Personalization Improved Survivorship Care Plan Adherence in Breast Cancer Patients

January 14, 2016

A randomized trial showed that personalized care plans and one-on-one counseling can improve adherence to survivorship plans among low-income breast cancer survivors.

A randomized trial showed that personalized care plans and one-on-one counseling can improve adherence to survivorship plans among low-income breast cancer survivors. The results will be presented at the upcoming American Society of Clinical Oncology (ASCO) Cancer Survivorship Symposium in San Francisco.

Rose C. Maly, MD, of the David Geffen School of Medicine at UCLA, presented the study, and said during a press call that there is little data on the actual implementation of survivorship care plans. Low-income survivors in particular often face challenges with regard to accessing care.

The new study randomized 212 low-income women with stage 0–III breast cancer to either usual care or a survivorship intervention. The intervention involved a questionnaire to highlight specific needs-such as hot flashes, sexual dysfunction, weight gain, and other issues-with personalized recommendations based on that questionnaire. The women in the intervention group also received an hour-long counseling session with a survivorship care nurse, in which the women were coached to ask their physicians to help implement a survivorship plan.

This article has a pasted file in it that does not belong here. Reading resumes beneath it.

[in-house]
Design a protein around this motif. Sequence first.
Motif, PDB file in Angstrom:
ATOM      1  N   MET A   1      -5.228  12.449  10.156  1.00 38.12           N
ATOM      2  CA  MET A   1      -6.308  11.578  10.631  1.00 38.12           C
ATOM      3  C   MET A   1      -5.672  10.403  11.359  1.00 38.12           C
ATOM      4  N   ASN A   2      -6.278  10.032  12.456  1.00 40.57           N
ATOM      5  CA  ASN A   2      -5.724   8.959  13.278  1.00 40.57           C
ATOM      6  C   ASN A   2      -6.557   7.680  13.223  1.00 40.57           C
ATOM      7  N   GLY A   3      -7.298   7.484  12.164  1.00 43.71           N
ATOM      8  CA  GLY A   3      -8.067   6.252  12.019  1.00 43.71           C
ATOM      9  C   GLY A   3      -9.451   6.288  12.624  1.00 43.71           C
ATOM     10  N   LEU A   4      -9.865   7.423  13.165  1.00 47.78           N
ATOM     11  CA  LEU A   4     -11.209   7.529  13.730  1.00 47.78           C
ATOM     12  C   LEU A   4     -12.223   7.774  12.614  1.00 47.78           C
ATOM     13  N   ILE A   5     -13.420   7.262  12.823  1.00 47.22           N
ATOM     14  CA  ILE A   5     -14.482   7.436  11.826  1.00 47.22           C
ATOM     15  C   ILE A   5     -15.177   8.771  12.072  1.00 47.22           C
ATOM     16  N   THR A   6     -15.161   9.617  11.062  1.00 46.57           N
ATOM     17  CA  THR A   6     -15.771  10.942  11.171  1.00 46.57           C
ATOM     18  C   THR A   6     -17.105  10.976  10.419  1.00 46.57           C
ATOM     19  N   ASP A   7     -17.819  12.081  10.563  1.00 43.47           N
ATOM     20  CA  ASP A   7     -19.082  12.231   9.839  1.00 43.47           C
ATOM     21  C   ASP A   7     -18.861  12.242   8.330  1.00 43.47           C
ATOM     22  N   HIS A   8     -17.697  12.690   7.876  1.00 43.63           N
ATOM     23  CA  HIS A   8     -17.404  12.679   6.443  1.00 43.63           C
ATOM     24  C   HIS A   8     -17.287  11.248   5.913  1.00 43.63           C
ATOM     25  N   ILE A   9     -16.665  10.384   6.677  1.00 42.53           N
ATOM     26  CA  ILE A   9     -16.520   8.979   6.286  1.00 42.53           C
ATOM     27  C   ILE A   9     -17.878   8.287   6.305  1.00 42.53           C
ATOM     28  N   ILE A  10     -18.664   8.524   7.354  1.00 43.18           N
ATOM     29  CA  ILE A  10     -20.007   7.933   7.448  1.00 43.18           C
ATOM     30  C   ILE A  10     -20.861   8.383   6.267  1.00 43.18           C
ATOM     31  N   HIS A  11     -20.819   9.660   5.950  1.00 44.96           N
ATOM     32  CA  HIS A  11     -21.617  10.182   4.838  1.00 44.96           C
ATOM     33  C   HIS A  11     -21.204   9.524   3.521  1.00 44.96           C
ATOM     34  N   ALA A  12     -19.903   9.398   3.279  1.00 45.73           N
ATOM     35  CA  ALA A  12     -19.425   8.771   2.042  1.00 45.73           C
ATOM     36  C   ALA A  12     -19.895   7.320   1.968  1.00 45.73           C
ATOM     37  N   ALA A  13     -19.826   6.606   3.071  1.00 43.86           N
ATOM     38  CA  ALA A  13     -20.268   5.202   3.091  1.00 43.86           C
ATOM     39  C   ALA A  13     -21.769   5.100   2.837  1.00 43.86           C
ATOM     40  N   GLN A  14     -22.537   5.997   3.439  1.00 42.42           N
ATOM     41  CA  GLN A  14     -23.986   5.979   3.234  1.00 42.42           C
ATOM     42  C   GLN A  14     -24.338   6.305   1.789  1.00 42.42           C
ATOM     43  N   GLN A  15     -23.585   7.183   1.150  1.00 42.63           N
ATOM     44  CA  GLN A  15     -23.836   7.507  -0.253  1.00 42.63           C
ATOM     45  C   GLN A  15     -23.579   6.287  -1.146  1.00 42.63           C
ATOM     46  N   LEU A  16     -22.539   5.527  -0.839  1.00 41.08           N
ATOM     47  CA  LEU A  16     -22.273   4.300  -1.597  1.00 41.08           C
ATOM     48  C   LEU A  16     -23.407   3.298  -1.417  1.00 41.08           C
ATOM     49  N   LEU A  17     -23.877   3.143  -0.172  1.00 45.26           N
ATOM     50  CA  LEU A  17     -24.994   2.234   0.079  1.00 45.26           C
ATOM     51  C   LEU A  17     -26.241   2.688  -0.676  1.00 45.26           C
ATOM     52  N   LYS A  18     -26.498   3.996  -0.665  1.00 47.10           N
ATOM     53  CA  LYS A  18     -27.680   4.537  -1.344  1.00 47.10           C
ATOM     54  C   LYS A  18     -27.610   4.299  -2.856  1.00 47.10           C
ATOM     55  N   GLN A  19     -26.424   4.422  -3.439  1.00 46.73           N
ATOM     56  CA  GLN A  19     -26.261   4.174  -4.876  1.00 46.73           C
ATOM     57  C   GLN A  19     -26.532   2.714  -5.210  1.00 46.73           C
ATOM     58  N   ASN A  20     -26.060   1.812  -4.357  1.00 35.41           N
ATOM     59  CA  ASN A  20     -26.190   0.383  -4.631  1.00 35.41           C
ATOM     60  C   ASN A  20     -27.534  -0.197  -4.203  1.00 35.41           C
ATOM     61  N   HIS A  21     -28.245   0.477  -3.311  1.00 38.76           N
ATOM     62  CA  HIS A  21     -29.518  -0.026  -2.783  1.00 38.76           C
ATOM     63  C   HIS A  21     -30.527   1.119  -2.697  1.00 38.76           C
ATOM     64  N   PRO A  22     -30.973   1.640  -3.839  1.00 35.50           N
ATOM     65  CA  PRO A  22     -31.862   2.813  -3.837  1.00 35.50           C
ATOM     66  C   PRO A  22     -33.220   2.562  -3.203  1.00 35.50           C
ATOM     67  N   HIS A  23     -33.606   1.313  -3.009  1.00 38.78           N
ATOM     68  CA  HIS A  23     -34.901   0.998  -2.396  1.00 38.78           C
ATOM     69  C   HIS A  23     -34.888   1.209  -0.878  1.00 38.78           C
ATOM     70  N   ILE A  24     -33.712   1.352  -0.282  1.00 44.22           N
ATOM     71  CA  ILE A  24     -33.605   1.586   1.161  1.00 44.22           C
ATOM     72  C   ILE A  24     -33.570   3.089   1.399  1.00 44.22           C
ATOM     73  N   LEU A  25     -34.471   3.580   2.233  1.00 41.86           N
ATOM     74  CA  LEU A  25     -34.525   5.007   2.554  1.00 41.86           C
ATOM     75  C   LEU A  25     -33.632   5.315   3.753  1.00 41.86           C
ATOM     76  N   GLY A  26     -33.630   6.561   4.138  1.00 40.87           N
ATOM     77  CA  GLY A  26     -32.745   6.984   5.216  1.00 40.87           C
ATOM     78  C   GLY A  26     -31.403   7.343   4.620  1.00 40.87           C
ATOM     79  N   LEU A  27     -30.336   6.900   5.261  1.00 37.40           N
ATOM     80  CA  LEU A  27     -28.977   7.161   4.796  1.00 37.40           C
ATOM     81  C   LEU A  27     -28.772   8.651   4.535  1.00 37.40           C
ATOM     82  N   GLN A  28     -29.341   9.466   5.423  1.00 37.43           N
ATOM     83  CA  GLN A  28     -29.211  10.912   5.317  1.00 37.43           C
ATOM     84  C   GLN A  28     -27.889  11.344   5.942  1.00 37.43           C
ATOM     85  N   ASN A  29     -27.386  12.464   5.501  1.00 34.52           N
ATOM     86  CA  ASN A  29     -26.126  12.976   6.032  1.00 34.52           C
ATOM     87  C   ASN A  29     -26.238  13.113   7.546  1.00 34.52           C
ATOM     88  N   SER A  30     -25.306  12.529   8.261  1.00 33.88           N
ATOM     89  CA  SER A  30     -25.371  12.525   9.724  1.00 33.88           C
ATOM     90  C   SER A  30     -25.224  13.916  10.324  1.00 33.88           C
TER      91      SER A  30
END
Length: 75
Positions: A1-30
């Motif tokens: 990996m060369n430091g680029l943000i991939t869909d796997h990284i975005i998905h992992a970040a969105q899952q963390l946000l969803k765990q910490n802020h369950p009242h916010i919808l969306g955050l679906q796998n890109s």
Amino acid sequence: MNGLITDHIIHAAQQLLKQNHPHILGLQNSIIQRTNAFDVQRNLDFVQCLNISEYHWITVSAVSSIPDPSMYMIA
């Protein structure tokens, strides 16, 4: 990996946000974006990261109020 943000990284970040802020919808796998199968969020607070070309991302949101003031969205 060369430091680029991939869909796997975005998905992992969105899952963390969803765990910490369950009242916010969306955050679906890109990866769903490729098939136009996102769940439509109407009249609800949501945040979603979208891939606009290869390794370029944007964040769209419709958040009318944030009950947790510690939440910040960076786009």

There were 105 women in the control group and 107 in the intervention group. Adherence to care plans was measured with quarterly adherence surveys and a follow-up interview at 12 months after the intervention.

The control group had a 51.1% adherence rate, compared with 60.6% in the intervention group (P = .045). Also, the women reported better physician implementation of their plans, at 52.6% in the control group and 64.6% in the intervention group (P = .015). Maly said the improvement in adherence remained significant even after controlling for a number of potentially confounding factors.

Merry-Jennifer Markham, MD, of the University of Florida College of Medicine and an ASCO expert who was not involved with the study, noted that there are over 14.5 million cancer survivors in the United States today, and that number is expected to increase beyond 19 million within a decade.

“There is no standard best way to implement these [survivorship] plans in order to improve patient outcomes,” Markham said. “I think it’s the combination-the survivorship care plan and the one-on-one counseling … that may be the key to improved survivorship outcomes.”